We all face bullies - but being a public figure means they are all over the internet, hiding behind their screens, and you aren't allowed to engage.
Trolls aren't new - the internet bullies who live to be horrible to other people, using a keyboard because they're way to chicken to take people on face to face...
But a recent celebrity post and a story from a friend started me really thinking about what I can do to make a difference.
Here's the thing: as a published author, I'm a public figure. As a public figure, I'm not allowed to interact with my trolls or my author friend's trolls. It never works out for the public figure, who even if they're in the right, broke a big rule. Do. Not. Engage.
Negative book reviews are a part of life - hey, bring them on! Authors are always looking for reviews. But I've noticed on places like Goodreads that some reviewers, for the sake of wit, humor, and cleverness, will be downright cruel in regards to a story I know the author spent months working on. They don't consider the person behind the pages - or if they do, they're aiming to hurt the author for "wasting their time."
The author didn't force them to read the book, but they get the lashing nevertheless (I've had my own fair share).
The most frustrating part for me is knowing I can't defend my friends. It's not good for me to do as an author, and it would only hurt them as people would assume they put me up to it.
It's just not allowed.
Then I saw an article about Kelly Clarkson being "Mommy-shamed" because she gave her daughter a piece of toast with Nutella on it.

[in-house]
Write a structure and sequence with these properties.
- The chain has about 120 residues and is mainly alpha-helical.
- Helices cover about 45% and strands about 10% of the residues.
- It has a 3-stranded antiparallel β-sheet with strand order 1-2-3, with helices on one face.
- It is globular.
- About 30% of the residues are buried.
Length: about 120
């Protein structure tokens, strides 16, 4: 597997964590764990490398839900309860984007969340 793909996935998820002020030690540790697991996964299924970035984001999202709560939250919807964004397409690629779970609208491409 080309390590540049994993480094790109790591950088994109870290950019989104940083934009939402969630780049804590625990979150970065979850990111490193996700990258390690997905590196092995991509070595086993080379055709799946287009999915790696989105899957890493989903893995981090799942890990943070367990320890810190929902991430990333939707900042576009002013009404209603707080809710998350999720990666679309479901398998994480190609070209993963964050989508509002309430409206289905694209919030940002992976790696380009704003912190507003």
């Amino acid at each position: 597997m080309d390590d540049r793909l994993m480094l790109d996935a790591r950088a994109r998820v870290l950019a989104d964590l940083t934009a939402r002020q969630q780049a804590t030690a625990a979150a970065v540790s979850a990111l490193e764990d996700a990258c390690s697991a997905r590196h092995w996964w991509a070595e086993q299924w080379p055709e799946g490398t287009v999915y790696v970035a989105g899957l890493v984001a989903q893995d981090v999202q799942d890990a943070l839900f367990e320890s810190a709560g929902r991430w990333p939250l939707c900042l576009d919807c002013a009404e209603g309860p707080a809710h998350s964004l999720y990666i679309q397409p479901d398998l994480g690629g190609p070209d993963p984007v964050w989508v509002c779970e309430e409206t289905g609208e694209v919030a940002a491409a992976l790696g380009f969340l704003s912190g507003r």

People FREAKED, calling her a horrible mother who must hate her daughter.
So I went to Instagram and checked out the post, and what I noticed made me think of my flock and what we could do to change the world.
There were mean comments, yes, but what I really noticed was how many of Kelly's fans and supporters backed her up. They showed her love.
They said "don't listen to the hate, Kelly. I love Nutella! Your daughter is beautiful!"
They let her know she wasn't alone.
And I thought...hey....we could do that.
Instead of engaging the troll like you might want to when you see them slinging hate or shame on someone you care about, let the person know you're with them.
Instead of fighting with someone on the internet (which never works out), ignore their comment, and spread the swanitude.
See a fat-shamer on your favorite Instagrammer's latest photo?
Let the Instagrammer know how beautiful he/she looks, and that you're with them.
See a Mommy-shamer on your favorite mom-blogger's website?
Tell that mama that she's doing a great job and her kids are so lucky to have her for a mom.
Do it for skinny-shaming, dad-shaming, racism, sexism - all of it. Put the positive out there to DROWN OUT the negative voice.
Love a book? Give it a positive review.
Hate a book? Review it, but remember there's a person behind those pages, and let the world know what you didn't like, but don't do it at the expense of the other person's dignity.
And if you see a mean post and actually agree with it? Well instead of jumping in and joining the Troll Parade, nod in agreement and move on. There's no need to fuel the hate.
Can we do this?
Can we band together and spread the love?
I think we can. I think the swans are just what this world needs to be reminded of something Disney's 2015 Cinderella taught us:
Have courage and be kind.
Be brave enough to say something, and let it be kindness as the result.
So - have you ever been the victim of an internet troll? Are you willing to join me in spreading a bit of love out in the world?
Reply to this email to let me know I'm not alone.
Keep being awesome, swans. I love you all ♥.
Kelsey Kindness Swan